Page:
Finding an excuse to skip the gym just got easier. It turns out you can actually be allergic to exercise.
According to researchers, exercise-induced anaphylaxis is when a reaction to an allergen only happens when you are working out. However, it's a rare condition. The anaphylaxis, which was first described in 1979, affects 50 in every 100,000 people, according to Popular Science.
For most people who struggle with the condition, the reaction occurs when exercise and a certain type of food (or in some cases medication) are combined. In other instances, women on their menstrual cycle have been affected due to higher levels of estrogen, which binds to the cells involved in the allergic reaction. However, little is known about what actually triggers the reaction.
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"There are a variety of things that it might be,” allergist Maria Castells told the science publication. “And for a proportion, it’s nothing, really, just the exercise itself.”
There are several theories about this crazy connection between exercise and an allergic reaction. One working theory is that the increased blood flow caused by working out might push immune cells around the body. Another is that proteins in your gut may change the way they interact with the foods in your stomach during exercise, causing the allergic reaction.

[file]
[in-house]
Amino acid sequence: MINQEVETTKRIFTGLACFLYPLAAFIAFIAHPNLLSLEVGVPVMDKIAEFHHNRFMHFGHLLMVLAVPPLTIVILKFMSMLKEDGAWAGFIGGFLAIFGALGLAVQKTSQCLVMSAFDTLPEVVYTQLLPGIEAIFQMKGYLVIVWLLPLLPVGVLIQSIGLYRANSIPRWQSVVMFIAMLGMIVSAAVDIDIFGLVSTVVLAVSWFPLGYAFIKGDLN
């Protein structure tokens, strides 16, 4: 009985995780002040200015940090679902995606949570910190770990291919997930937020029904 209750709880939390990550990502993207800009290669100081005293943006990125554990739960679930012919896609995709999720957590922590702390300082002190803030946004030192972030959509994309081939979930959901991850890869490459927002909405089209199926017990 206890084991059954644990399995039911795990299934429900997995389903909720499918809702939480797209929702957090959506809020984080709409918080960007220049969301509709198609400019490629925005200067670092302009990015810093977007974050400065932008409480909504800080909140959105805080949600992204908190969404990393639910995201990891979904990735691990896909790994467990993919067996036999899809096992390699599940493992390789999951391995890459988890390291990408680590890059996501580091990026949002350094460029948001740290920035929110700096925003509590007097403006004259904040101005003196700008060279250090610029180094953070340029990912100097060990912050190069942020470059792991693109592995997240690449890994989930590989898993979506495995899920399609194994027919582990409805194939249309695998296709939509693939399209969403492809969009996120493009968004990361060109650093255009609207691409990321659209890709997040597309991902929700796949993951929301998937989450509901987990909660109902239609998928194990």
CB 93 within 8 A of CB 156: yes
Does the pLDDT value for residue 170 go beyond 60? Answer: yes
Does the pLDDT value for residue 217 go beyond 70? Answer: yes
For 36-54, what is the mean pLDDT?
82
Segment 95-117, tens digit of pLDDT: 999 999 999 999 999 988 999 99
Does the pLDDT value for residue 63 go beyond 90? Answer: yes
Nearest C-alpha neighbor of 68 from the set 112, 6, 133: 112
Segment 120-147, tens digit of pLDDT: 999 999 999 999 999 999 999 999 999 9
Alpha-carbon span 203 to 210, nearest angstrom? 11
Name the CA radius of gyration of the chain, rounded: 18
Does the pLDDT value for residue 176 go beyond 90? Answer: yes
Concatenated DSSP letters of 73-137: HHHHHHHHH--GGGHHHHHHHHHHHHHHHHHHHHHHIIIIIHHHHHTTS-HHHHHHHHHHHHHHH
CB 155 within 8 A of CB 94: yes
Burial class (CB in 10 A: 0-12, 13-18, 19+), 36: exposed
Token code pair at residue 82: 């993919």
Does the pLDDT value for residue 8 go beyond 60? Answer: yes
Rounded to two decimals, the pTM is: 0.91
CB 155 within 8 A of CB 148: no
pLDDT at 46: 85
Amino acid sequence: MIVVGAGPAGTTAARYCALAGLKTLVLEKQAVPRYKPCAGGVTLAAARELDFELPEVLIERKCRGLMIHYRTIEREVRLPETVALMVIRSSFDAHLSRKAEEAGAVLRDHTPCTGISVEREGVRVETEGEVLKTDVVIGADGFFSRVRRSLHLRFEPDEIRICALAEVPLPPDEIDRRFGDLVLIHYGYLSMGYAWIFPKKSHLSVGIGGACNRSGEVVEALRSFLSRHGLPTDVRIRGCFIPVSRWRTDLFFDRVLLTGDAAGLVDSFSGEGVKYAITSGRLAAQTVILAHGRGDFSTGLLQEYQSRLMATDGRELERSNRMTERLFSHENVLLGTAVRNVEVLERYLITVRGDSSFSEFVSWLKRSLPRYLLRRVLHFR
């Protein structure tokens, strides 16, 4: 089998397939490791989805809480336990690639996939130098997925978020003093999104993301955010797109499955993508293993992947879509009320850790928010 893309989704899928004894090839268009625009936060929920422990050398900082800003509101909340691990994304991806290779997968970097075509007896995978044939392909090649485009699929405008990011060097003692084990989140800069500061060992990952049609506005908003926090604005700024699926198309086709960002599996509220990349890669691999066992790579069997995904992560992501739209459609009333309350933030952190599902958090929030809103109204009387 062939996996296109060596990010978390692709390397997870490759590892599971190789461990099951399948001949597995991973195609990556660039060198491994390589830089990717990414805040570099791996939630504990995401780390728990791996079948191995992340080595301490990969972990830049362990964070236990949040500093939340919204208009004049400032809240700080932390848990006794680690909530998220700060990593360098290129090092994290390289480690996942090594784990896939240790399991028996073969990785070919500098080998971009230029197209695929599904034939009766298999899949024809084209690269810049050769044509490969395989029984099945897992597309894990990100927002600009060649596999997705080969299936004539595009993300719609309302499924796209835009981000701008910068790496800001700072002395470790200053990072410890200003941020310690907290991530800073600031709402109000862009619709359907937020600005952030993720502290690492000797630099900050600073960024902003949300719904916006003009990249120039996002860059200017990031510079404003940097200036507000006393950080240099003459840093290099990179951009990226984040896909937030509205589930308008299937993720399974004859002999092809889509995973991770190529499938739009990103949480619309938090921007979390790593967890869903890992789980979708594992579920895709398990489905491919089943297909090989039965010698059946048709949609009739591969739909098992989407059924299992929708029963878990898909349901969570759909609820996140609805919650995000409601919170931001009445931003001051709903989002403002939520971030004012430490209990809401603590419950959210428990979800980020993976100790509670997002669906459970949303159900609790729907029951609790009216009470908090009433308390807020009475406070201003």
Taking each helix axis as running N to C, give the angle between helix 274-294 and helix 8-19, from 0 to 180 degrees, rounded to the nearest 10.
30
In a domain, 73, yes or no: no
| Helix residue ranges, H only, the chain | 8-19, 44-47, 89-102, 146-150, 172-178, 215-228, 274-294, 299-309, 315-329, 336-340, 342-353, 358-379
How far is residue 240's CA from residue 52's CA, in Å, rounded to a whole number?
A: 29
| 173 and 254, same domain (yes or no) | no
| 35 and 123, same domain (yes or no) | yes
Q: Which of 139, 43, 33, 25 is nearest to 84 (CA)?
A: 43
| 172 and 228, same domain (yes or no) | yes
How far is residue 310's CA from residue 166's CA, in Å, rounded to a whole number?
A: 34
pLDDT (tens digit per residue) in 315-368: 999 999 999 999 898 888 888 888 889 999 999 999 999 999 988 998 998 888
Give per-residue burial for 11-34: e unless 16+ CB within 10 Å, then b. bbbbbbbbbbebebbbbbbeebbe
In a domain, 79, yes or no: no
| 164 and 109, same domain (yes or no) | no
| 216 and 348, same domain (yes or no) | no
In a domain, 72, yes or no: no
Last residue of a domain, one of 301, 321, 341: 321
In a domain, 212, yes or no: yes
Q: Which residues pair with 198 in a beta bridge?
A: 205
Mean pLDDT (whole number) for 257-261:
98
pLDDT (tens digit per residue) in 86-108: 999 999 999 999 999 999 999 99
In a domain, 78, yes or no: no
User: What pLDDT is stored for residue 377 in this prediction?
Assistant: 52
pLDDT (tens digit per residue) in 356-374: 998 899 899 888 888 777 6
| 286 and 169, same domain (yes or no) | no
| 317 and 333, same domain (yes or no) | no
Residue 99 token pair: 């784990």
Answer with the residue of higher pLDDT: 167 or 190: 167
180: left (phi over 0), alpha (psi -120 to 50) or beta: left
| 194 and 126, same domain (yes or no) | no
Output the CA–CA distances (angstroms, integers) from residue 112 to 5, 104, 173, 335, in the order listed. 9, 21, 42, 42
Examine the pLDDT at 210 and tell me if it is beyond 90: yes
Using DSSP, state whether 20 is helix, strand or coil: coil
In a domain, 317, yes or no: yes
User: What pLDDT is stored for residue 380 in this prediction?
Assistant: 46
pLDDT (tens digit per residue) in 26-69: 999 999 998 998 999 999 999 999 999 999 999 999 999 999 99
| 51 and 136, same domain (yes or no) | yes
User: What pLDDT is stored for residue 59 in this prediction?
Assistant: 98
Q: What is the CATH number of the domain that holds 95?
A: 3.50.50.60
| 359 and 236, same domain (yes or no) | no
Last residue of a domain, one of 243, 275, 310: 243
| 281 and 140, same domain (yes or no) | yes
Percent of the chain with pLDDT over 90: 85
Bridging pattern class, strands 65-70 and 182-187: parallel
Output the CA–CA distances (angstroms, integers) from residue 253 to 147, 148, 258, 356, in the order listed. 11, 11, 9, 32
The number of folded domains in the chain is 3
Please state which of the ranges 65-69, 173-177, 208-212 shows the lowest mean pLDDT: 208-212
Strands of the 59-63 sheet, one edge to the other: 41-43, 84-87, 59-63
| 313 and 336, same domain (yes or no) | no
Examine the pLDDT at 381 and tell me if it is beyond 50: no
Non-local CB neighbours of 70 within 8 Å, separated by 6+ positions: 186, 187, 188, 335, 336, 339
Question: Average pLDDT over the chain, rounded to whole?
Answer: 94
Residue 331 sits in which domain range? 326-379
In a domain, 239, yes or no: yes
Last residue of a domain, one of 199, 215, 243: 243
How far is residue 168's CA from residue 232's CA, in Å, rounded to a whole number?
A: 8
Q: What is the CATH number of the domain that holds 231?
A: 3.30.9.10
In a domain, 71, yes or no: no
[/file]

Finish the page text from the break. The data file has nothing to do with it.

And it can happen outside the gym, as almost all types of exercise, including dancing and biking, have caused the anaphylaxis. Luckily, once diagnosed, the condition is treated the same way you would any other allergy — by avoiding the allergen and carrying an EpiPen.
So next time you friend invites you to the gym, don't feel guilty about sitting it out. The last time we checked, the couch wasn't blamed for an allergic reaction.
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